But, the miles that the earth spins really don’t count because your home, and your solar panels, are spinning with the earth. Most of the potential friction comes from the air, rain, snow and occasionally hail. The first three have a very low friction coefficient. With hail, you have repeated impacts on the solar panels. It’s not really a matter of friction. Without friction, solar panels maintenance is not a major factor.
Fortunately, solar panels are built to withstand the impact of hail. They’re even designed to withstand the impact of golf balls, if you happen to live near a golf course. According to a report by the National Renewable Energy Laboratory (NREL), from 2009 to 2013, approximately one-tenth of one percent of solar panel systems suffered some sort of damage due to hail and even hurricanes (depending on the quality of installation).
So, you really don’t have to worry much about maintaining your solar energy system. You should monitor production of electricity as a sudden drop in output, while it may relate to the weather, could indicate a problem where you should call in a professional to take a look. Otherwise, you really don’t even have to clean your solar panels.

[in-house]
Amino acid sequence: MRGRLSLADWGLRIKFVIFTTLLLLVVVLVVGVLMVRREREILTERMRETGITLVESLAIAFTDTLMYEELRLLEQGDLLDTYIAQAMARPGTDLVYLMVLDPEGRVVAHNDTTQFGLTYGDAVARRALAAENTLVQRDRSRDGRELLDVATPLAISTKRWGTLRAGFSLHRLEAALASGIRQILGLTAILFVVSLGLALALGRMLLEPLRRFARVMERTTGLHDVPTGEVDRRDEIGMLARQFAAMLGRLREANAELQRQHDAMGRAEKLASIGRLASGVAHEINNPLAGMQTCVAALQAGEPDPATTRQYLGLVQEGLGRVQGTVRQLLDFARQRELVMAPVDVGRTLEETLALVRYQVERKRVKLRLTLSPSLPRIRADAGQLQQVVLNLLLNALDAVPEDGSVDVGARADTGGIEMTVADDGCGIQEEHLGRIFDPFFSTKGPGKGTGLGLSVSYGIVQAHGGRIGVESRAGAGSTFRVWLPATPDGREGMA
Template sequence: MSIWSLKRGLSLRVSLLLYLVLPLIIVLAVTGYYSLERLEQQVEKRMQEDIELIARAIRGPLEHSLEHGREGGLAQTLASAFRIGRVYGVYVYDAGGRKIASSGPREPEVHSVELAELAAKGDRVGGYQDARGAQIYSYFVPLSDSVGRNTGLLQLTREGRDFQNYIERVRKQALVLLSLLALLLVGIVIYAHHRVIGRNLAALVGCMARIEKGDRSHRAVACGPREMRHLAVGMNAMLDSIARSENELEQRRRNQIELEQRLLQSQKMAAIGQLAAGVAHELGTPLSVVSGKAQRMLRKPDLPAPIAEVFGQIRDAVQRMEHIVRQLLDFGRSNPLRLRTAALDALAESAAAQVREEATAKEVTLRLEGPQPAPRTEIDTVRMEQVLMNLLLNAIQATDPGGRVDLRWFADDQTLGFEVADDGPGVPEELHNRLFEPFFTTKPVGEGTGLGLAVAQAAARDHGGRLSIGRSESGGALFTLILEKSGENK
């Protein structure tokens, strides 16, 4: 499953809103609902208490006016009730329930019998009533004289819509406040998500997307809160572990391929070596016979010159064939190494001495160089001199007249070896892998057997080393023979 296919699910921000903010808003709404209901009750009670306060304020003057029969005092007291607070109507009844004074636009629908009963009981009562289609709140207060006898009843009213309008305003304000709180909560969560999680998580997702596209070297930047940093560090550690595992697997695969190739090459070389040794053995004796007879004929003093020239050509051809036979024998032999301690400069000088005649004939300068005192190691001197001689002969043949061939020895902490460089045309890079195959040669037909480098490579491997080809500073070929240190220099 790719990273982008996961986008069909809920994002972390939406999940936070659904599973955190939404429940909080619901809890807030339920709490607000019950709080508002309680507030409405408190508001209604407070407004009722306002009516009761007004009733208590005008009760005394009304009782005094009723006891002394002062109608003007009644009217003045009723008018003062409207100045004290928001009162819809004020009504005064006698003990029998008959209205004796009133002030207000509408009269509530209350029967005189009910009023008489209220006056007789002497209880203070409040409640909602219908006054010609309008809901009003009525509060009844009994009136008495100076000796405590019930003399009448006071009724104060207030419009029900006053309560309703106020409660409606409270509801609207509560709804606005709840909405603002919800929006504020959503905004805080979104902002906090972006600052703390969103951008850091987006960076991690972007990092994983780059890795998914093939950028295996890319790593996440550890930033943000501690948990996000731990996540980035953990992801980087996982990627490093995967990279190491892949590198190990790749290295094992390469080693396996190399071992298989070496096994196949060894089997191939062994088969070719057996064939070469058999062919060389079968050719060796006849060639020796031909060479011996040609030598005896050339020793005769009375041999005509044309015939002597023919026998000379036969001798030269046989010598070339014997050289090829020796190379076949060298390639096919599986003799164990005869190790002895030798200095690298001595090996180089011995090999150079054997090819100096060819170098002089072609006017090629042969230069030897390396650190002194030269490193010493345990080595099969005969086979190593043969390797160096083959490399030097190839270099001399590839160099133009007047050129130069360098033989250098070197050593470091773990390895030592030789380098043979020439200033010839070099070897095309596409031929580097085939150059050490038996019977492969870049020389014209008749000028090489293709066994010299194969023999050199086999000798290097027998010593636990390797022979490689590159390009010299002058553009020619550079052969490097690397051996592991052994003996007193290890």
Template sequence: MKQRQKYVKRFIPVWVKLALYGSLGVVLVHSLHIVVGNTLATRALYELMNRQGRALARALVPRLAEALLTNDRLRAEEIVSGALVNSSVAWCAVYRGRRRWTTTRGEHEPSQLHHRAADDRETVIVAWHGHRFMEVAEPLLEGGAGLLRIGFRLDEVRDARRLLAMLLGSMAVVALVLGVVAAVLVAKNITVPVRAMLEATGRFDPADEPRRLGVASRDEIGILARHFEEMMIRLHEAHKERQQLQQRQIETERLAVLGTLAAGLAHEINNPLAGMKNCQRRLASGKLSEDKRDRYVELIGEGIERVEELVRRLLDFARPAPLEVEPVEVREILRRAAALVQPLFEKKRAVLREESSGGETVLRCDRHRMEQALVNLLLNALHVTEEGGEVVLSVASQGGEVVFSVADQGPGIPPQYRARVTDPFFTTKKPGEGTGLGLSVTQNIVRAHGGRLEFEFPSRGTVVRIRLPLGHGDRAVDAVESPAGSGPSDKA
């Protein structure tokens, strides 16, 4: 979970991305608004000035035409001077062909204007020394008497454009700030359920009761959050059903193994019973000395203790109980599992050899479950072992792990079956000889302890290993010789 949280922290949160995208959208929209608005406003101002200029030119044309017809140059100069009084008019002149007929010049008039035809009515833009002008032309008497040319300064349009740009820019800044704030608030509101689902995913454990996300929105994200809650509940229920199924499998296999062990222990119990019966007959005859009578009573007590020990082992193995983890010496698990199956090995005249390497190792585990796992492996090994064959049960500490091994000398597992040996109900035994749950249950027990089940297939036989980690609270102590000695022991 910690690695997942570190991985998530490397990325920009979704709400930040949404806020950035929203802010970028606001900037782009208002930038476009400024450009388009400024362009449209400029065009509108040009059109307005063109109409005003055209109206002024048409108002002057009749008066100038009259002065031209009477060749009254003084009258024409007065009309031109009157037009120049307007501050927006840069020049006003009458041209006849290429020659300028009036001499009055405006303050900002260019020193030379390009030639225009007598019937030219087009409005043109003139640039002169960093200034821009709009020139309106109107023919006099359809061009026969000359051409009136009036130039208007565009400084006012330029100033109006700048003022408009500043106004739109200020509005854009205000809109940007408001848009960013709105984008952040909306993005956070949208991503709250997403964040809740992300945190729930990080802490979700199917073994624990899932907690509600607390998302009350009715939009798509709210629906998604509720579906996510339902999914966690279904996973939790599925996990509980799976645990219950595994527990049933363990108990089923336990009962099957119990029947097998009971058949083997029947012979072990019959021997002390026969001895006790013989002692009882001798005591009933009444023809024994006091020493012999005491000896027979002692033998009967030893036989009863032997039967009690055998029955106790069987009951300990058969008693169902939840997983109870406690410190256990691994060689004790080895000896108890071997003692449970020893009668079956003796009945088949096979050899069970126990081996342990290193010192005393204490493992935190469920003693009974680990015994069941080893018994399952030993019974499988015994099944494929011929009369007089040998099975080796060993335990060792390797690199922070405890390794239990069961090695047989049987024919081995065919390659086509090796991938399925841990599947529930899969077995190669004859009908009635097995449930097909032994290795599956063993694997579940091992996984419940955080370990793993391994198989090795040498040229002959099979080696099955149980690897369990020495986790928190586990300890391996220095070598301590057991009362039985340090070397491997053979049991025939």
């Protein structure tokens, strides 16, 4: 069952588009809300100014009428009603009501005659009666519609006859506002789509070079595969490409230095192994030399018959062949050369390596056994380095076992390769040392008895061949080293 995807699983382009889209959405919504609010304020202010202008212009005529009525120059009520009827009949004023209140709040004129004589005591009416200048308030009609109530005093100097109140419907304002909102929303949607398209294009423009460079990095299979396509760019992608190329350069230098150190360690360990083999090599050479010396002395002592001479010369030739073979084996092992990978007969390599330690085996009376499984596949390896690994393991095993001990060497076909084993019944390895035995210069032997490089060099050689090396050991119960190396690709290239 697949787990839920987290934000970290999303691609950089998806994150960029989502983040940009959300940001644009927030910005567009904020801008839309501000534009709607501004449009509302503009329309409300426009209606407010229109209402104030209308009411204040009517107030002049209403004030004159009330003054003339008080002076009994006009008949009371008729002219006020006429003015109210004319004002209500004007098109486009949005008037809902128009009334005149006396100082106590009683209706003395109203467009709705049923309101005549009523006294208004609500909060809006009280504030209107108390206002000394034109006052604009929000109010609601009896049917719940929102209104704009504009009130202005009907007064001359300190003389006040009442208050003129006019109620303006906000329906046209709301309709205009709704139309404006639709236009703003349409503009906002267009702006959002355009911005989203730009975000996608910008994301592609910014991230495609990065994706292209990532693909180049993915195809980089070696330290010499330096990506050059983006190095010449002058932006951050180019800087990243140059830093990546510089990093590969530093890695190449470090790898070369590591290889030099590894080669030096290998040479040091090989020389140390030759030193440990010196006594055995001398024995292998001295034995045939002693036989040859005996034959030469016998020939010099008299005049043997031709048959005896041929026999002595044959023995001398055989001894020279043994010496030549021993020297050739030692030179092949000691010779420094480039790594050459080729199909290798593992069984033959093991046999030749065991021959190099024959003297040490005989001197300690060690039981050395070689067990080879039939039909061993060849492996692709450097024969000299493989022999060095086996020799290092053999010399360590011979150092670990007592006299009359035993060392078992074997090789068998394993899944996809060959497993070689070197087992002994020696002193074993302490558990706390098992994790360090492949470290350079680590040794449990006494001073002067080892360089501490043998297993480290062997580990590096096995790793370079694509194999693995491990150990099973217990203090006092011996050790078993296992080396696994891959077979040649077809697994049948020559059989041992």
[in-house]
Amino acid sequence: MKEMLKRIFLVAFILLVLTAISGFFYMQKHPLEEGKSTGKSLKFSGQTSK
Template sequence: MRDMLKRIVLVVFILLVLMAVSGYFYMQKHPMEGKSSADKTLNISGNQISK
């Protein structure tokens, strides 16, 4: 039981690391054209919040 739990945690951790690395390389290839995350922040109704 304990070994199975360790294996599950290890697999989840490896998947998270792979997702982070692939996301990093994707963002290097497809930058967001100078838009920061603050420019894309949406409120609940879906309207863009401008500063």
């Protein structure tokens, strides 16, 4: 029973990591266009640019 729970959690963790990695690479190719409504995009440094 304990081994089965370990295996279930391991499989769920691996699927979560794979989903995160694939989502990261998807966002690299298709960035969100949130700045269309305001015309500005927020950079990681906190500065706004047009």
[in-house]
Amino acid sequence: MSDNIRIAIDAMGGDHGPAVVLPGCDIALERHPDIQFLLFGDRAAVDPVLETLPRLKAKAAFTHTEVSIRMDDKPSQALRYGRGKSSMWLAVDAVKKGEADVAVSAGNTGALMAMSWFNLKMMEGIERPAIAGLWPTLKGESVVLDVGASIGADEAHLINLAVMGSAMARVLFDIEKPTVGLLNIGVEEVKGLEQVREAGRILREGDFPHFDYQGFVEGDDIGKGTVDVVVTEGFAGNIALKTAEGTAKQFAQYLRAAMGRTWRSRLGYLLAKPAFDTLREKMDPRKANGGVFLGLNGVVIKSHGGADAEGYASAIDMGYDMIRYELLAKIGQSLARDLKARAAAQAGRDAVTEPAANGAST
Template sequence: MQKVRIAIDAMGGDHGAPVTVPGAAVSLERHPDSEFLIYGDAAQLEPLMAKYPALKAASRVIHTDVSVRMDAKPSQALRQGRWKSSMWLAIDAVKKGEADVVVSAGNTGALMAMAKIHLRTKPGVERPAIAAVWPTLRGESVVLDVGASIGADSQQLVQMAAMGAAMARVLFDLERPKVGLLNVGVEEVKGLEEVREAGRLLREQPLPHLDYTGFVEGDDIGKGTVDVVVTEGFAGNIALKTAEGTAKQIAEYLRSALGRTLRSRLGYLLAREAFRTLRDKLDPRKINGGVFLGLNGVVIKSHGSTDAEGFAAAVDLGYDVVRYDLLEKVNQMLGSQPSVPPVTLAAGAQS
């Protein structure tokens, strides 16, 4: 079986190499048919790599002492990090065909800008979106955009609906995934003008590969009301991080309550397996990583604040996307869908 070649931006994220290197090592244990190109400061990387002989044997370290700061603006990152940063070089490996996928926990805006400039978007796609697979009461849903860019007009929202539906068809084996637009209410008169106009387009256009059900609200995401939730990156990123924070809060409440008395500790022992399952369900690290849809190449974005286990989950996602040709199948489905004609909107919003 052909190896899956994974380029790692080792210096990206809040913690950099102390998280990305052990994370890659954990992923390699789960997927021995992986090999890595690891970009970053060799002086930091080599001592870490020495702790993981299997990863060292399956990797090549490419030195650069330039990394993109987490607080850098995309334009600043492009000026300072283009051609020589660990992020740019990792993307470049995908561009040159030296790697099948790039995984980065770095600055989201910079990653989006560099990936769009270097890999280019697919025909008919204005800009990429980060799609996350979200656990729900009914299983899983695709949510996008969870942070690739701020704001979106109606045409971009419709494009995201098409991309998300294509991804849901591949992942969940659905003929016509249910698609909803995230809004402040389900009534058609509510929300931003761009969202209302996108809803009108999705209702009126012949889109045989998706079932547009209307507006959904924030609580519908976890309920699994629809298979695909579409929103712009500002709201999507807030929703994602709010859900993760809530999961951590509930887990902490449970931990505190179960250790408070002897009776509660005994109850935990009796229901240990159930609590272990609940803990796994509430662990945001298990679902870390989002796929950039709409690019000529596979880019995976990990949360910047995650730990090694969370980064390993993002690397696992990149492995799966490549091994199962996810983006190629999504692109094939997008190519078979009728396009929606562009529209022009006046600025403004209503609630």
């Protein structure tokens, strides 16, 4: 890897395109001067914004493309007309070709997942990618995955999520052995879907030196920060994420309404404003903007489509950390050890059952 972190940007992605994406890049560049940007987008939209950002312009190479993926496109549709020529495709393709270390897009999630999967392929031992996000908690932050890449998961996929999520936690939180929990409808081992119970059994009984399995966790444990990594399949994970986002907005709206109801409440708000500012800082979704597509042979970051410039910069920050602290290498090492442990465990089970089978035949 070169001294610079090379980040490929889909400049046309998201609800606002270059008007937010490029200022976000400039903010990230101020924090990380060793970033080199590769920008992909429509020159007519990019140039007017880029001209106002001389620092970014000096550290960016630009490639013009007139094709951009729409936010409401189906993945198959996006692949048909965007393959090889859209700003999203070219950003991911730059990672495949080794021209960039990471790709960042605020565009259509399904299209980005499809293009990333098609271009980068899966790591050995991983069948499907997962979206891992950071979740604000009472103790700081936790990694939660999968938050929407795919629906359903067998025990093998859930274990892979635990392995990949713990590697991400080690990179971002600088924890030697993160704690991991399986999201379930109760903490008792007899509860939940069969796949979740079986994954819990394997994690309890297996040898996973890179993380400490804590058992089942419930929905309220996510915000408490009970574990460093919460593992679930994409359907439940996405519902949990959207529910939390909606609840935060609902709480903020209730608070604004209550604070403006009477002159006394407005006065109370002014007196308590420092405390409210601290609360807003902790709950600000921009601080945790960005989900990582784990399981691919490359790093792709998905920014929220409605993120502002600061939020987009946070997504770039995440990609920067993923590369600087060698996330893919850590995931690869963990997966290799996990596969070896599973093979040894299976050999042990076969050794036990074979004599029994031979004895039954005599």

(Sept. 10, 2018) Can your roof handle the weight of solar panels? Years ago, in this area of Northern Illinois, storms piled so much snow on roofs that a few roofs actually collapsed. People were taking shovels up onto their roofs and shoveling the snow to alleviate the weight. What does this mean to you as you consider putting solar panels up on your roof? Do you need to worry about the weight?
Rest assured, the answer is, No. You don’t have to worry about the weight of solar panels on your roof.
Solar panels, including all the mounting equipment, weigh about 2- to 4-pounds per square foot. That’s the one-square-foot equivalent of putting one of the following up on your roof:
- A pineapple